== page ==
Also, we originally had lighting integrated into the handrail, but residents felt it gave too much light for a rural location. Furthermore, they were concerned that the difference in illumination levels on the bridge and off it would make cyclists feel less safe once they left the bridge. We ended up using small glow-in-the-dark discs that charge during the day and emit a soft light during the night. I think it’s a charming solution – high tech and low tech at the same time.

What are some of the bridge’s interesting characteristics?

At a little over 100 meters, this was one of the longest spans we’ve designed so far, so that was interesting. We did part of the engineering ourselves in close collaboration with the structural engineer and we managed to make the bridge as thin and light in material as possible. We chose an arch because it was a typical bridge type for this canal, but we also wanted to show clearly that it was a bridge for cyclists and not for car traffic.

The main part of the bridge is very subtle, so there are no striking details that stand out. But that also was the goal – to have a limited visual intrusion on the green landscape. We wanted the bridge to look like it was a piece of engineering art. I think we definitely succeeded. For a large part that is due to the fact that we applied the structural principle of a network arch bridge, which is very efficient and requires less steel than the more commonly used traditional arch bridge.

Another thing I think worked out really well is that we wanted to create one continuous ribbon visually joining the ramps and the bridge. We used a concrete path for both so the bridge as a whole would feel like one single connection. Many people might not see that, but it’s one of the things I’m really proud we could achieve.

It’s a beautiful area. Are there places on the bridge to view the scenery?

Overall, the width of the bridge deck allows for cyclists to stop and admire the view and although the ramps don’t particularly allow people to stop mid-way they do offer great views whilst cycling up or down.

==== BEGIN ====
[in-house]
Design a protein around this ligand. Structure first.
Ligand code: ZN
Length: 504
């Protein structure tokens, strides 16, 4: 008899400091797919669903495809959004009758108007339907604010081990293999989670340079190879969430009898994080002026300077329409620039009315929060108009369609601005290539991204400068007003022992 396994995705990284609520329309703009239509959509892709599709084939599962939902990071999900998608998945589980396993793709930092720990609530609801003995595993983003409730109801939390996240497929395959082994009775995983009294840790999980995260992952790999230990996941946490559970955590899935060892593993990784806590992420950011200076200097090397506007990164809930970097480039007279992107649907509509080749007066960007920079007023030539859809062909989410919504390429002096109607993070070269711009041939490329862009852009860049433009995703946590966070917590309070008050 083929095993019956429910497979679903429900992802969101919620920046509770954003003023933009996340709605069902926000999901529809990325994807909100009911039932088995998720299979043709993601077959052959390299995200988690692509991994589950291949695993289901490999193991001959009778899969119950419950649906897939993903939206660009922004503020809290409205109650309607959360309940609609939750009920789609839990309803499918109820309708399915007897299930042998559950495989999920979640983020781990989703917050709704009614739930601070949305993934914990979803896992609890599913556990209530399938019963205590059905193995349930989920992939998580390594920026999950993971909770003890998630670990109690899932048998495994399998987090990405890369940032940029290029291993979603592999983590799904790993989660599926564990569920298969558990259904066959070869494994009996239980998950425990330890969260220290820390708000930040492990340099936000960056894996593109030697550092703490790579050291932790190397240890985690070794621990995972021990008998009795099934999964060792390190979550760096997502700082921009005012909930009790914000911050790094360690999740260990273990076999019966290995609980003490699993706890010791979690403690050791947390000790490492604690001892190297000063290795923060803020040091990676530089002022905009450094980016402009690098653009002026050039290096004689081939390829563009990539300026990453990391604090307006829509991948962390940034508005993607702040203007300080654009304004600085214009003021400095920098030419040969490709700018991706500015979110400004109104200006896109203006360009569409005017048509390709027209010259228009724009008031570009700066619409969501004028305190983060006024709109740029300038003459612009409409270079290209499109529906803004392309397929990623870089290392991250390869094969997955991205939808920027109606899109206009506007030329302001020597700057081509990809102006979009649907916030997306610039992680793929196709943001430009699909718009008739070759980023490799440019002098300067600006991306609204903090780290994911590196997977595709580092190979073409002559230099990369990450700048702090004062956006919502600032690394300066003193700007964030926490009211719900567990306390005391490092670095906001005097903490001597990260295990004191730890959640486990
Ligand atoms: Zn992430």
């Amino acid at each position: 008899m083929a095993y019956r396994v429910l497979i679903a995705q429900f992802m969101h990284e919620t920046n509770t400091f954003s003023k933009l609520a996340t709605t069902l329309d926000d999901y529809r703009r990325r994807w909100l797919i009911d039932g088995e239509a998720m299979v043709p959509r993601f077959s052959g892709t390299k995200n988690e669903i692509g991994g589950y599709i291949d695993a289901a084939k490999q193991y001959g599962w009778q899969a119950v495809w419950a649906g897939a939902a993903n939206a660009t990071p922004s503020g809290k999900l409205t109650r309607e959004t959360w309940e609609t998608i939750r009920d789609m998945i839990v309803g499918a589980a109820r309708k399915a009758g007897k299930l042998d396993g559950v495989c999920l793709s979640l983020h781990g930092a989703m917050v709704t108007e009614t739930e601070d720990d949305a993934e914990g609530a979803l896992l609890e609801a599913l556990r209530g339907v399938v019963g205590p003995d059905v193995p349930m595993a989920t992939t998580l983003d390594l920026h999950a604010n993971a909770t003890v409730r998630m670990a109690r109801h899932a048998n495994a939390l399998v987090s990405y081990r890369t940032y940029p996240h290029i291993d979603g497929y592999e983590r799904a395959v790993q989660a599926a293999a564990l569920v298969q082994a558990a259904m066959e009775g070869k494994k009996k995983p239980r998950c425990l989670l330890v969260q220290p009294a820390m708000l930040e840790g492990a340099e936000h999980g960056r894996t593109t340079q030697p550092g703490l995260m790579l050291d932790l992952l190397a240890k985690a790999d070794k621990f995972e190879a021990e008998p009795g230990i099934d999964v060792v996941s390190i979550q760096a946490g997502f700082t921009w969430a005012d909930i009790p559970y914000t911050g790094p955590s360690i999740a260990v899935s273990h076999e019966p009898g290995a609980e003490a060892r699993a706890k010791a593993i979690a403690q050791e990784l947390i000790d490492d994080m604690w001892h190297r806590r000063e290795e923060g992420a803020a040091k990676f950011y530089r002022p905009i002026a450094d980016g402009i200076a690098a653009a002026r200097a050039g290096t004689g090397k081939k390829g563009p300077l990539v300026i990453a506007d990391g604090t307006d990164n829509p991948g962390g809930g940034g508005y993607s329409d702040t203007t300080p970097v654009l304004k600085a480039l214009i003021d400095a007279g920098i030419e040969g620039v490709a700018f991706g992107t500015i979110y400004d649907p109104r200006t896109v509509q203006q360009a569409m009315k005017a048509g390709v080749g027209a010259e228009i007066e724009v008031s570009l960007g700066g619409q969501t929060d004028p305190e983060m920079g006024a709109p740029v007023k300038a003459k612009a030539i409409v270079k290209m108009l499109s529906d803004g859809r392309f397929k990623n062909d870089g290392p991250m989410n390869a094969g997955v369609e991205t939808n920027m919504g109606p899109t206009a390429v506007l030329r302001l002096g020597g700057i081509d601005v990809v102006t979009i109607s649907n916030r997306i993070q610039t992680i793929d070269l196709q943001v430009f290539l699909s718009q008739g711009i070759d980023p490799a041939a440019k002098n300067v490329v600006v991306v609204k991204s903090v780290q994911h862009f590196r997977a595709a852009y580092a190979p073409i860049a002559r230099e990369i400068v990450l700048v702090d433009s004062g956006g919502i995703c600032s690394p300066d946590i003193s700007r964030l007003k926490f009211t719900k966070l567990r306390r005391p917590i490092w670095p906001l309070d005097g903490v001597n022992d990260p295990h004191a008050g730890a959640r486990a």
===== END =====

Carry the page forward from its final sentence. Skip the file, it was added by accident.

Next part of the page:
We added staircases on each side of the bridge for pedestrians. They are located and designed in such a way that they offer good views of the surrounding landscape. In addition, both staircases have a viewing platform.

Adding the staircases allows pedestrians to more quickly access the bridge and increases safety as pedestrians are separated from cyclists. Together with the great views that’s a win-win.

This project also included a corridor for wildlife. Did that affect your design, and how?

Not so much, no. The wildlife connection was designed by landscape architect Bureau Waardenburg and involves things such as easy access points for animals on either side of the canal and vegetation chosen specially to attract more wildlife and increase biodiversity.

After the project was completed, what was the local community’s reaction?

When the main span was put in place in the spring of 2018, it was a bigger event than I thought it would be. Of course, the clients and contractor were there, but I was surprised to see so many residents. What was even better, they were happy. The grand opening in September was a really big event. People were excited and enthusiastic, including those who had originally been sceptical. We certainly achieved the main project goal – to maximize support.

Have you used the bridge yourself?

I did cycle over it one day in the fall. It was great to experience the design elements and how they really do work. I was surprised to see how many people were using it, not only cyclists but also pedestrians. That made me feel really proud indeed.